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Occupational homicide of law enforcement officers in the US, 1996-2010.

Authors
Swedler-DI; Kercher-C; Simmons-MM; Pollack-KM
Source
Inj Prev 2014 Feb; 20(1):35-40
NIOSHTIC No.
20044307
Abstract
OBJECTIVE: To understand the circumstances surrounding the occupational homicides of law enforcement officers (LEOs) in the USA. METHODS: Narrative text analysis of Federal Bureau of Investigation Law Enforcement Officers Killed and Assaulted reports. RESULTS: A total of 796 officers were killed in the line of duty between 1996 and 2010. The occupational homicide rate during the time peaked in 2001 at 3.76/100,000 (excluding those killed during the September 11, 2001 terrorist attacks), and was lowest in 2008 at 1.92/100,000. Most LEOs (67%) were killed by short-barrel firearms; 10% were killed with their own service weapon. The most frequent encounter with a suspect prior to a homicide was responding to a disturbance call. CONCLUSIONS: These results should inform officer training and the policies, as well as procedures used when interacting with suspects, especially when firearms are involved.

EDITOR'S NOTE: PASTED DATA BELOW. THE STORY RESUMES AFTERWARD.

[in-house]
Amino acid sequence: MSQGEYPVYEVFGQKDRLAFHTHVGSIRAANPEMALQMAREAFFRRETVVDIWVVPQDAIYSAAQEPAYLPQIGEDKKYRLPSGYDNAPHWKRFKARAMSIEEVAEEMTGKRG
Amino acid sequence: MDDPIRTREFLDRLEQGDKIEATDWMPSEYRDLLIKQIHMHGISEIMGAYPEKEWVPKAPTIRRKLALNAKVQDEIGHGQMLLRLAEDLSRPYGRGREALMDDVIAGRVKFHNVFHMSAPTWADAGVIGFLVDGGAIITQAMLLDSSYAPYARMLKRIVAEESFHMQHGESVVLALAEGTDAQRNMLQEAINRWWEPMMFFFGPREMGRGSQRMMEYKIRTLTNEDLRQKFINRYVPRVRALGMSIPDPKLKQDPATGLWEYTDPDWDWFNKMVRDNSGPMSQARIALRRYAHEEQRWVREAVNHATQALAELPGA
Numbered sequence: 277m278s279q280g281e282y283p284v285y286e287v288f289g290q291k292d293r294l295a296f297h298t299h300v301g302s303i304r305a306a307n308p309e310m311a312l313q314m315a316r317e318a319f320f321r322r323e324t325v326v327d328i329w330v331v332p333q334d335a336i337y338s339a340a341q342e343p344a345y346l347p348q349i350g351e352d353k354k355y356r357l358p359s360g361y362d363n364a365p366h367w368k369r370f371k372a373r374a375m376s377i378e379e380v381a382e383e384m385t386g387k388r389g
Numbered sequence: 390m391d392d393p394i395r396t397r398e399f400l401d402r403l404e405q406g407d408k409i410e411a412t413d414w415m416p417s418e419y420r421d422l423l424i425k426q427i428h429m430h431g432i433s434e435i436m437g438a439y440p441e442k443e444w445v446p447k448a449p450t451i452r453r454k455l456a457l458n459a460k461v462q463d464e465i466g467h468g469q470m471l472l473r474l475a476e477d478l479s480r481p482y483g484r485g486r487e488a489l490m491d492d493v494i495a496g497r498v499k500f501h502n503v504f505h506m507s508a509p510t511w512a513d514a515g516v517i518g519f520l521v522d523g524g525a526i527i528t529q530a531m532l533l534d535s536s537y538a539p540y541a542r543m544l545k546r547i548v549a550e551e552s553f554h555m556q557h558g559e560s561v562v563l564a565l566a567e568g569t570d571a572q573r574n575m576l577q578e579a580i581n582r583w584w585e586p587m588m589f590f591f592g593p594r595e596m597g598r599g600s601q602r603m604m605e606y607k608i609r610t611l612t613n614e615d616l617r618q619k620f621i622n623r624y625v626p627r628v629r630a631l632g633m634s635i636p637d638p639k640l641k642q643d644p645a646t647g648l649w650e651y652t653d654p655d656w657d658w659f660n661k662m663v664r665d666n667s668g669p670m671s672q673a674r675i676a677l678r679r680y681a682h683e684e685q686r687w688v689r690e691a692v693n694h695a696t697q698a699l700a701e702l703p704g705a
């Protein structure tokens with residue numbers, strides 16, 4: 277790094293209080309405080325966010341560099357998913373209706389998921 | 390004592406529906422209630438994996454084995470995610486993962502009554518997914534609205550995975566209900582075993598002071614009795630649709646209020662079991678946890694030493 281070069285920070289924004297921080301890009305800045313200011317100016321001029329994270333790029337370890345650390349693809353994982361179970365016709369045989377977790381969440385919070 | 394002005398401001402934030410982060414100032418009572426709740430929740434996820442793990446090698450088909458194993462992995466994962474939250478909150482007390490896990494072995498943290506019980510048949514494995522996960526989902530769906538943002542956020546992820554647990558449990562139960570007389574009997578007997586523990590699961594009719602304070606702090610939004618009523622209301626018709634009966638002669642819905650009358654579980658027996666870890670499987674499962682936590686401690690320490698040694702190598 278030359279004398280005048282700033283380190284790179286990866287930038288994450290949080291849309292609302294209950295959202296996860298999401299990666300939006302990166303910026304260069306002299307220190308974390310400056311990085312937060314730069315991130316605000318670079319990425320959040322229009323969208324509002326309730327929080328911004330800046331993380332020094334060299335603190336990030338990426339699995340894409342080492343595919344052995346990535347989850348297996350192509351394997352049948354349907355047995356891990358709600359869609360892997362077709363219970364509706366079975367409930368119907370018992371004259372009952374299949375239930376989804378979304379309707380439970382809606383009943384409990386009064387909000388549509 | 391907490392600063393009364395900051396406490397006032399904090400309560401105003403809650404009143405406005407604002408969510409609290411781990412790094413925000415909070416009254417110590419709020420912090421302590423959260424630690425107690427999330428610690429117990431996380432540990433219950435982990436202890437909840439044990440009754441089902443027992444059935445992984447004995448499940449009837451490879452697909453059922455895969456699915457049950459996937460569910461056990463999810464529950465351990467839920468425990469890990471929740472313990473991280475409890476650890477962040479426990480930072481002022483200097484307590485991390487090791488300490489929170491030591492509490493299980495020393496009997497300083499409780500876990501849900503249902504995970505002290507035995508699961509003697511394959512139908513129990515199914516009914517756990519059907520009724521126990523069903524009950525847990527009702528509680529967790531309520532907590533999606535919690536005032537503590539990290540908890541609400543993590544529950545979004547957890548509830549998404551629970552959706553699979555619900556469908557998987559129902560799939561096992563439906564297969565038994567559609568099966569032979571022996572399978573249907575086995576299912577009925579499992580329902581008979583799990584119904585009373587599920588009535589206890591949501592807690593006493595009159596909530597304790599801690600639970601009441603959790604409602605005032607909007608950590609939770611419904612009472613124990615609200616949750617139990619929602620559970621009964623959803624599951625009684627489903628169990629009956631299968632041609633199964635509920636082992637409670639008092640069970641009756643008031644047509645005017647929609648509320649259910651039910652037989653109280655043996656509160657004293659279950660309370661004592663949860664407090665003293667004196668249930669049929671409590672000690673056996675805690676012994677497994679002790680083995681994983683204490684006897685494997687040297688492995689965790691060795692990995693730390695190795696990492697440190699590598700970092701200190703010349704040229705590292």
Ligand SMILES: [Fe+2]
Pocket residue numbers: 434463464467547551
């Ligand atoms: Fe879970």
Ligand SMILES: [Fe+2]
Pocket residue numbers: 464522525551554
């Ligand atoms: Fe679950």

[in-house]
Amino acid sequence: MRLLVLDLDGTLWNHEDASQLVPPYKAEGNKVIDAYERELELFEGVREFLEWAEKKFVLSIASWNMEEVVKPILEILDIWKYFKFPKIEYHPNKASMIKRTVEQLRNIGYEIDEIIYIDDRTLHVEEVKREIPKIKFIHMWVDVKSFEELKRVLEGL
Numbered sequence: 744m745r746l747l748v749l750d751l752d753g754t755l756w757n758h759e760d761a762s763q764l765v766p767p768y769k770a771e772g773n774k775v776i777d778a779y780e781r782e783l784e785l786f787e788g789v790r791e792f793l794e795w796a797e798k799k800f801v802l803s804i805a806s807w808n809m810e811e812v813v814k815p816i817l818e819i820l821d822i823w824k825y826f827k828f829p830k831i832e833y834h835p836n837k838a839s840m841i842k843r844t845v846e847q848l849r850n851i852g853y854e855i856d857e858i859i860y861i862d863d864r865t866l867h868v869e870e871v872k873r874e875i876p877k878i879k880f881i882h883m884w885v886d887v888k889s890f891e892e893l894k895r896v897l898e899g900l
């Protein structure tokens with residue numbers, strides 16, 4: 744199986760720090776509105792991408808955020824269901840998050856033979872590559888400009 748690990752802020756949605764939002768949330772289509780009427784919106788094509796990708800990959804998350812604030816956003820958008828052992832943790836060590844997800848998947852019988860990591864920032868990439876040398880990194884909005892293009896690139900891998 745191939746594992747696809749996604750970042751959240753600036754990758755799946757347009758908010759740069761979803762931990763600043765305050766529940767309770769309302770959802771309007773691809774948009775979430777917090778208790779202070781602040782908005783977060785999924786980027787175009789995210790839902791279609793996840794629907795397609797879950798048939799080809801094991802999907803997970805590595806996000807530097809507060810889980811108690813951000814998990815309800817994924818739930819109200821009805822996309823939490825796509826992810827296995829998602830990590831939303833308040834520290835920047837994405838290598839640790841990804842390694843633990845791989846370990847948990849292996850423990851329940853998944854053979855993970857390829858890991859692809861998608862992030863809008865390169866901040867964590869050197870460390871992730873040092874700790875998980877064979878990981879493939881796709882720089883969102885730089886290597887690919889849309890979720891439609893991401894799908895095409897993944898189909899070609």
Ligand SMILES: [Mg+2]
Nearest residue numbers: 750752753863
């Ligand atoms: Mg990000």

Keywords
Law-enforcement; Law-enforcement-workers; Work-environment; Police-officers; Humans; Men; Women; Emergency-responders; Mortality-rates; Mortality-data; Training; Behavior-patterns; Violence-prevention
Contact
David Swedler, Center for Injury Research and Policy, Hampton House Room 554, 624 N. Broadway, Baltimore, MD 21205, USA
Publication Date
20140201
Document Type
Journal Article
Funding Type
Grant
Fiscal Year
2014
NTIS Accession No.
NTIS Price
Identifying No.
Grant-Number-T42-OH-008428; M052014
Issue of Publication
1
ISSN
1353-8047
Source Name
Injury Prevention
State
MD
Performing Organization
Johns Hopkins University
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